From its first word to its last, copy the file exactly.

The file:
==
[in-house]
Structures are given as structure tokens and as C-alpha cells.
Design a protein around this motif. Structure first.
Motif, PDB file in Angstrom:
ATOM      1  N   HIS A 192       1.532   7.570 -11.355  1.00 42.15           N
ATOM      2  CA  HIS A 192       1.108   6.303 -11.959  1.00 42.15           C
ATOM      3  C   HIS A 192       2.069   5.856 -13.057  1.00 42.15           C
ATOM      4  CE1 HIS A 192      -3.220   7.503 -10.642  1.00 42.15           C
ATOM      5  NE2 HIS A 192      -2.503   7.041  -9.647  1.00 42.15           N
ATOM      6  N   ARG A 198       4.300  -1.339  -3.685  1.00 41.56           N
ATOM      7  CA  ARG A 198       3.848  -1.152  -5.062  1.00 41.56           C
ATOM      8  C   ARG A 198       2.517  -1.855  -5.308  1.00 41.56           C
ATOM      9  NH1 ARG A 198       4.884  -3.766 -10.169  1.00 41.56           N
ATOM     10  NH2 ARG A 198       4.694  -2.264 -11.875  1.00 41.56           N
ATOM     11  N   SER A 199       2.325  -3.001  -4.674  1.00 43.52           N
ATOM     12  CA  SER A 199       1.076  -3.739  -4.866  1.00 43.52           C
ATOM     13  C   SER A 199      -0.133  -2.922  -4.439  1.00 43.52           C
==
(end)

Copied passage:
[in-house]
Structures are given as structure tokens and as C-alpha cells.
Design a protein around this motif. Structure first.
Motif, PDB file in Angstrom:
ATOM      1  N   HIS A 192       1.532   7.570 -11.355  1.00 42.15           N
ATOM      2  CA  HIS A 192       1.108   6.303 -11.959  1.00 42.15           C
ATOM      3  C   HIS A 192       2.069   5.856 -13.057  1.00 42.15           C
ATOM      4  CE1 HIS A 192      -3.220   7.503 -10.642  1.00 42.15           C
ATOM      5  NE2 HIS A 192      -2.503   7.041  -9.647  1.00 42.15           N
ATOM      6  N   ARG A 198       4.300  -1.339  -3.685  1.00 41.56           N
ATOM      7  CA  ARG A 198       3.848  -1.152  -5.062  1.00 41.56           C
ATOM      8  C   ARG A 198       2.517  -1.855  -5.308  1.00 41.56           C
ATOM      9  NH1 ARG A 198       4.884  -3.766 -10.169  1.00 41.56           N
ATOM     10  NH2 ARG A 198       4.694  -2.264 -11.875  1.00 41.56           N
ATOM     11  N   SER A 199       2.325  -3.001  -4.674  1.00 43.52           N
ATOM     12  CA  SER A 199       1.076  -3.739  -4.866  1.00 43.52           C
ATOM     13  C   SER A 199      -0.133  -2.922  -4.439  1.00 43.52           C